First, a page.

Date of Award


Degree Name

Master of Science




Jason B. Boyle


With current estimates of 1 in 68 children being affected, Autism Spectrum Disorder (ASD) is regarded as one of the most rampant forms of disability globally. Although typically diagnosed through social impairment and repetitive stereotypical behavior, recent work has shown distinct motor impairments across the autism spectrum. These motor deficits can be gross or fine in nature and can be seen not only in reaching and grasping, but also in the kinematic composition of the actual movement, such as decreased velocity, decreased accuracy, irregular movement smoothness, etc. The goal of this study was to further the understanding of the kinematic components of goal directed upper limb movement in participants with ASD and to investigate the adaptability of their limb movements after performing a sine wave tracking task. A custom-built bi-manual arm bar apparatus was used, which allowed frictionless bimanual flexion and extension of the limbs in the elbow joint in the horizontal plane. Positional data of the limbs displacement was integrated into a custom built graphic user interface platform that relayed information regarding the position of the participant's limbs on a projection screen. The participants tracked a sine wave template and performed a speed-accuracy trade-off (Fitts) task that involved moving a cursor between two targets of varying sizes and separation distances. Data analysis examined kinematics before, during, and after both tasks. Variables of interest were: Movement time, peak velocity, % time to peak velocity, slowing parameters, end point accuracy and harmonicity. The findings from this study indicate that children with ASD respond just as well to the tracking task as typical developing children by executing post-training movements of higher velocity with smoother displacement profiles.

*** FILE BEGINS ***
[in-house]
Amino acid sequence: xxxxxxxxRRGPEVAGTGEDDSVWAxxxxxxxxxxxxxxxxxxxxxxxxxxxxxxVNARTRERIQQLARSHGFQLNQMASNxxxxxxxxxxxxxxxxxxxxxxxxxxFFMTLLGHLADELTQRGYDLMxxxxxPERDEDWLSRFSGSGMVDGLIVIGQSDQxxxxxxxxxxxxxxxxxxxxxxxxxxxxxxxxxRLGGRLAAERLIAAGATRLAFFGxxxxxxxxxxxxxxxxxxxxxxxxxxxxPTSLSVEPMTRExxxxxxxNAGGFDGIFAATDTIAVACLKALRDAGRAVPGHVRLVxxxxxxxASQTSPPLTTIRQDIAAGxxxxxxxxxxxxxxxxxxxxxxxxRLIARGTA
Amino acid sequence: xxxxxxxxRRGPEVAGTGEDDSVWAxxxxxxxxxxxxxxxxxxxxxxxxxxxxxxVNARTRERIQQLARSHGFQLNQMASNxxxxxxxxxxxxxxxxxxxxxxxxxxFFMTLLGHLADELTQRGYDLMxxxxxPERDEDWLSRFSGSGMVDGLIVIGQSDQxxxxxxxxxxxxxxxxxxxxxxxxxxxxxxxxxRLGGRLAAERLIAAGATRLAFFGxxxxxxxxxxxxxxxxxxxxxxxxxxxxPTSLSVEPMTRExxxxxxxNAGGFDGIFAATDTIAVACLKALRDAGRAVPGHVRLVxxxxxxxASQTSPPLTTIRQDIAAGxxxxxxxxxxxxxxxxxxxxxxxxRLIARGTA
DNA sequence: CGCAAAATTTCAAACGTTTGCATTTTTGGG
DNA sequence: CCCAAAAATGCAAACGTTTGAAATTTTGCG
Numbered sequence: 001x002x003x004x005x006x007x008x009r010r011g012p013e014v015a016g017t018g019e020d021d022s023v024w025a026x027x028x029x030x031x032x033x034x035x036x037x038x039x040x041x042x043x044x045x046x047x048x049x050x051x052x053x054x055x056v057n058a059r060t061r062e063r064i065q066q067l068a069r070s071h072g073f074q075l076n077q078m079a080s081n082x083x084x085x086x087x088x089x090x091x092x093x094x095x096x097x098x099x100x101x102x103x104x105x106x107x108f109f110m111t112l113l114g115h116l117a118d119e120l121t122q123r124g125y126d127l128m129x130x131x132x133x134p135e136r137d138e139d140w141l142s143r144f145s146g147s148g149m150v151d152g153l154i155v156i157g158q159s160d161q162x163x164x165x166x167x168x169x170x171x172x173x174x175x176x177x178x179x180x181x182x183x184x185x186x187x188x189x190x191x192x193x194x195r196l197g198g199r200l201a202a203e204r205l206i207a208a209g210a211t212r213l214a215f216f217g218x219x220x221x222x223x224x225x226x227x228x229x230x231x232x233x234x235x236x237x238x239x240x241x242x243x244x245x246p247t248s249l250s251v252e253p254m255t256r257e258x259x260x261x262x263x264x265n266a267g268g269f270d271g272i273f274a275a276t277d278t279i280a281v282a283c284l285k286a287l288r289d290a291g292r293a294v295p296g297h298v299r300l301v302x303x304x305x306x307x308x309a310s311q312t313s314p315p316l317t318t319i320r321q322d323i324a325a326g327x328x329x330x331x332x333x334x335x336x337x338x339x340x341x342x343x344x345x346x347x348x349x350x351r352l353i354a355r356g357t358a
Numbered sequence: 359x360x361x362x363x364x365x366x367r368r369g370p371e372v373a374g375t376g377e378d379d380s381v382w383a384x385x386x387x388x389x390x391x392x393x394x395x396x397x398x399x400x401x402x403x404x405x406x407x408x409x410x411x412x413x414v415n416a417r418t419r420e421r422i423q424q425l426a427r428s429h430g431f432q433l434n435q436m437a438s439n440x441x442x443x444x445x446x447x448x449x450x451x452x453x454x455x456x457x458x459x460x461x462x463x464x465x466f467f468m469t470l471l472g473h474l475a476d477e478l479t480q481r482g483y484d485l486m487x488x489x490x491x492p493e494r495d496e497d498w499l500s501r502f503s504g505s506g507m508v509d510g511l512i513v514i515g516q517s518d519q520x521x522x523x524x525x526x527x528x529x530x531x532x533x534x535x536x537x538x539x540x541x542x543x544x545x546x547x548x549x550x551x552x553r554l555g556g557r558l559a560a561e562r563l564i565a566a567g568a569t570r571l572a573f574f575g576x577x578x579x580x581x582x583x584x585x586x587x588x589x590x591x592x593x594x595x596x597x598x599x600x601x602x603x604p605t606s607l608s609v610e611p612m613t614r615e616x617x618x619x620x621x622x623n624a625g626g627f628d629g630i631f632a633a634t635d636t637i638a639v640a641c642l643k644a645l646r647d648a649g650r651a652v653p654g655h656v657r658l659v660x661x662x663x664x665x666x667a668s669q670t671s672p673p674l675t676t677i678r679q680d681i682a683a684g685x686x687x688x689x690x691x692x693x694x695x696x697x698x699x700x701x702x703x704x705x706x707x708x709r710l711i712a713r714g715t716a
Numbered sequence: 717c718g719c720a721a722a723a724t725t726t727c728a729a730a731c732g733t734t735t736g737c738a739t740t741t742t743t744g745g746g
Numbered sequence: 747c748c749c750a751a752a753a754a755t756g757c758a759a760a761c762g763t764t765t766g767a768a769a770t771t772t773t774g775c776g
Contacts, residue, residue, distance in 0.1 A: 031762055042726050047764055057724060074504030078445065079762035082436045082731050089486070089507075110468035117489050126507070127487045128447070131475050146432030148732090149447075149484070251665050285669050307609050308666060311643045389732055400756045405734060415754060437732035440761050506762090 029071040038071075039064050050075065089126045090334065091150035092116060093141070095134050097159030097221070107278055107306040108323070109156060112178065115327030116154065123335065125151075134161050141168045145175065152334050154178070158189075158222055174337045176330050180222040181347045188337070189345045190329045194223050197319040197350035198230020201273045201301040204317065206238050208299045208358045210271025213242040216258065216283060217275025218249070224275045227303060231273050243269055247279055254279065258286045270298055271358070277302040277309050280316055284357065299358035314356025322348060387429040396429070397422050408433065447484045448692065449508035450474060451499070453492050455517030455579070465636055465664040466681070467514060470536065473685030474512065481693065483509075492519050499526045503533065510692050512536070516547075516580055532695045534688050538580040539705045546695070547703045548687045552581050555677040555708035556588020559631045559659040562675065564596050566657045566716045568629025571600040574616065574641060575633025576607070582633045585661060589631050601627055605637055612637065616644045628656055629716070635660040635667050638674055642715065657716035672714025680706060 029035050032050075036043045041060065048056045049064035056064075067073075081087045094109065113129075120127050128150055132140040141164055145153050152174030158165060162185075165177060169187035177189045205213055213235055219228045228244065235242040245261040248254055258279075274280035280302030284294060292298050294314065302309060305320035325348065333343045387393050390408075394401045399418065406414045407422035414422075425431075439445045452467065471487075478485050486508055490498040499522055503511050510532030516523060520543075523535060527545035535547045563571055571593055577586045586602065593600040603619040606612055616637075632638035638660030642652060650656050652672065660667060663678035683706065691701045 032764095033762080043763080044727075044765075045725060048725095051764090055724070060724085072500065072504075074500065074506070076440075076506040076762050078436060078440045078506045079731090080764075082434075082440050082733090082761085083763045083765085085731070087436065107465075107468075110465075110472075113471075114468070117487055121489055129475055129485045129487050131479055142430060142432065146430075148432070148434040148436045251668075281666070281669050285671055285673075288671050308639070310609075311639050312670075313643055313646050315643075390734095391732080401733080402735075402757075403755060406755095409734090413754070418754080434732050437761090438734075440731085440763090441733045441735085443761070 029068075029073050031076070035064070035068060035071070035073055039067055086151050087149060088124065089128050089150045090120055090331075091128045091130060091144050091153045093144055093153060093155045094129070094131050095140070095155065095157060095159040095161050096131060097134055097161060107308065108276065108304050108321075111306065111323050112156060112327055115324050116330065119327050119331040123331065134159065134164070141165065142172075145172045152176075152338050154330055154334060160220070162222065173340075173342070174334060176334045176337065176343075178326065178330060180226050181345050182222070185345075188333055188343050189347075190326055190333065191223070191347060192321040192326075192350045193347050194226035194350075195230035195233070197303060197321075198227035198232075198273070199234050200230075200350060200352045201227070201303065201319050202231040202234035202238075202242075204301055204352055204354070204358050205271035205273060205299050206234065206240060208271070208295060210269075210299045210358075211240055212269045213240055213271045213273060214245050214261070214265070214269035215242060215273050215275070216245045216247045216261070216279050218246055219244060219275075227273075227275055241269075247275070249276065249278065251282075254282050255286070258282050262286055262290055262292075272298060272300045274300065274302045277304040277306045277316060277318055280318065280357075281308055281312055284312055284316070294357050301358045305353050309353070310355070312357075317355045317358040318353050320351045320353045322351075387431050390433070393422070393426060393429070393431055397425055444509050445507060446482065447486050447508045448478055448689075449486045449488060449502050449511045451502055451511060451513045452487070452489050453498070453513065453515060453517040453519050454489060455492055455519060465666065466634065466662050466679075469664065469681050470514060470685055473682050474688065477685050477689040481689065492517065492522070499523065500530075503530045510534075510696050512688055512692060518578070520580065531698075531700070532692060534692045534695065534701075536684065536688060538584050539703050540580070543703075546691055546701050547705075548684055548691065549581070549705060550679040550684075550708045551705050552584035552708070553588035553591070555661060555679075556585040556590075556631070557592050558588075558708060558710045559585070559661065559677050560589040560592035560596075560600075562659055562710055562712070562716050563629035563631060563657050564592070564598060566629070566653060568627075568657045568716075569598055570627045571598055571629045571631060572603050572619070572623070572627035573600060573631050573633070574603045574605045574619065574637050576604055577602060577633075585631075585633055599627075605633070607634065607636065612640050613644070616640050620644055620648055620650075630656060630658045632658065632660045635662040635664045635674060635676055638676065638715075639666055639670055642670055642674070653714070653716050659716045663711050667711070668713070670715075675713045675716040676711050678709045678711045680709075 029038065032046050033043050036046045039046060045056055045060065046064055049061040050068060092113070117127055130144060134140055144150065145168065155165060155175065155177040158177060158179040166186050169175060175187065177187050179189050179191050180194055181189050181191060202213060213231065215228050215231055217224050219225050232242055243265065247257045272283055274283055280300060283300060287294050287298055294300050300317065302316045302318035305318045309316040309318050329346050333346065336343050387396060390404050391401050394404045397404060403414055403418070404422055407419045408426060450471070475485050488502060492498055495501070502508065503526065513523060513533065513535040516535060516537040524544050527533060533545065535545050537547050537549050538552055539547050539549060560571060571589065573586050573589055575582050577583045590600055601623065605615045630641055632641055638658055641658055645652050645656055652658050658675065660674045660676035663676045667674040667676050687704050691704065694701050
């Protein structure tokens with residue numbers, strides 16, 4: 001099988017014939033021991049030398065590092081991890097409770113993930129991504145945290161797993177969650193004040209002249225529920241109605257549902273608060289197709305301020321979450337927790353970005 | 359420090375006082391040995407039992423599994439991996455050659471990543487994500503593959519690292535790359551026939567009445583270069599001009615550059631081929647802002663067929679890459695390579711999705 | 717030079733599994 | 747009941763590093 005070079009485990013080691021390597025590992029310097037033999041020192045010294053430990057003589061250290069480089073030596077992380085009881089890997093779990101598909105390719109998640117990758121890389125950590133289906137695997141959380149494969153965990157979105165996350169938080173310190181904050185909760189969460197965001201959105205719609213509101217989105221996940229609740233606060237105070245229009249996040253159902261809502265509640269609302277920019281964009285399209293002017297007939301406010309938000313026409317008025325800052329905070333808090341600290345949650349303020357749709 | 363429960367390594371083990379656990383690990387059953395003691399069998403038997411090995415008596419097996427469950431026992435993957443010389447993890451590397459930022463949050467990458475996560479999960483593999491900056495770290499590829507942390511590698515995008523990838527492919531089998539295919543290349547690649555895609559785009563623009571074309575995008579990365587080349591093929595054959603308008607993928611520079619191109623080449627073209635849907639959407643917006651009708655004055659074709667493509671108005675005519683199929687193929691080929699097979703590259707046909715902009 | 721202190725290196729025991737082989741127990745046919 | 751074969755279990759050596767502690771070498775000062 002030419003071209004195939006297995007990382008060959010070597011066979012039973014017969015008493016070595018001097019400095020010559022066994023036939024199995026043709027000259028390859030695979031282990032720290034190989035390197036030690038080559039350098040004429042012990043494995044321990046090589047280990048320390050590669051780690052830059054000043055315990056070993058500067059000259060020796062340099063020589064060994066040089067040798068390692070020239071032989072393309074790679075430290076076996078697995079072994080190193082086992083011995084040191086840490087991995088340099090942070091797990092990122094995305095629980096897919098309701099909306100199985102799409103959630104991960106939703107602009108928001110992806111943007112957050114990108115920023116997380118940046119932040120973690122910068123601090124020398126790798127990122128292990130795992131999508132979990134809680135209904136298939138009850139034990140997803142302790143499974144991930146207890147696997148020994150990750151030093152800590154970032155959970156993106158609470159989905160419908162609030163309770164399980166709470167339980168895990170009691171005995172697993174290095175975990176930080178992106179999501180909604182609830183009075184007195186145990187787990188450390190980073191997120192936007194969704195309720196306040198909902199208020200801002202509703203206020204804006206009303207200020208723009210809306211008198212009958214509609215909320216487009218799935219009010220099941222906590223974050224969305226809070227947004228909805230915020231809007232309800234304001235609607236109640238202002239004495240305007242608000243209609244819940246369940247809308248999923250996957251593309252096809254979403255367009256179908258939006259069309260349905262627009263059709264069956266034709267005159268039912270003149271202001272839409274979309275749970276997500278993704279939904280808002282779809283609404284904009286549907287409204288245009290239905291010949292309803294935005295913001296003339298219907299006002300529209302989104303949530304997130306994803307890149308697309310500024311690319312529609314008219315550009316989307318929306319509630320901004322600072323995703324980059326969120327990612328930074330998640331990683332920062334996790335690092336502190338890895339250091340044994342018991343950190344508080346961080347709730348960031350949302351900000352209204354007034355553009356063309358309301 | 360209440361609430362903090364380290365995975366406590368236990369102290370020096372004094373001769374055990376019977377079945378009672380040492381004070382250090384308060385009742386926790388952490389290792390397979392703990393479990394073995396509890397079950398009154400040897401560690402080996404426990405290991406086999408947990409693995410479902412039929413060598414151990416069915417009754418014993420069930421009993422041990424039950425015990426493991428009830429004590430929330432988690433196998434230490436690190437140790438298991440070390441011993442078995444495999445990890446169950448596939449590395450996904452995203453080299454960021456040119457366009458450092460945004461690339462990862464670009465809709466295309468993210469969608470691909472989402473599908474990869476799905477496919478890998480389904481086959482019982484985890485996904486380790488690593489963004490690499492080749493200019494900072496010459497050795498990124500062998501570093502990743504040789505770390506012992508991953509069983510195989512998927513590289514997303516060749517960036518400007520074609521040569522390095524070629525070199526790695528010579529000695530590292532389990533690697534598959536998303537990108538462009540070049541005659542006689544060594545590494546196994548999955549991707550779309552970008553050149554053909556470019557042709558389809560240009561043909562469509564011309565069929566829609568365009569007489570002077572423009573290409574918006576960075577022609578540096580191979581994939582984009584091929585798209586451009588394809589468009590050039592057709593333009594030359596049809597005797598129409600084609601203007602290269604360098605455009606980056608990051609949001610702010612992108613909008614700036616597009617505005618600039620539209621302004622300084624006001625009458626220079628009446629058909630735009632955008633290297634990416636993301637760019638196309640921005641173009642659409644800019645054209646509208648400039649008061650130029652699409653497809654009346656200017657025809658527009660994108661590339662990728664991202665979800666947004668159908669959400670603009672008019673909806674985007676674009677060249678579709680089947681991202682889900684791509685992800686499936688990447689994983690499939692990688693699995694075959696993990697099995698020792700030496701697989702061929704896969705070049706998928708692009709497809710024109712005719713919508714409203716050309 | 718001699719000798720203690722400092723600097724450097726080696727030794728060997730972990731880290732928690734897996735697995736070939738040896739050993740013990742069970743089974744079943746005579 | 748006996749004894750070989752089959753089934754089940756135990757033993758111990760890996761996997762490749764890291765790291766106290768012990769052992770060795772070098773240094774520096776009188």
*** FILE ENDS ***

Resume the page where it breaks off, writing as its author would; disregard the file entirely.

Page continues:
Received from ProQuest

File Size

73 pages

File Format


Rights Holder

Alejandra Sarahi Gamez Corral

Included in

Kinesiology Commons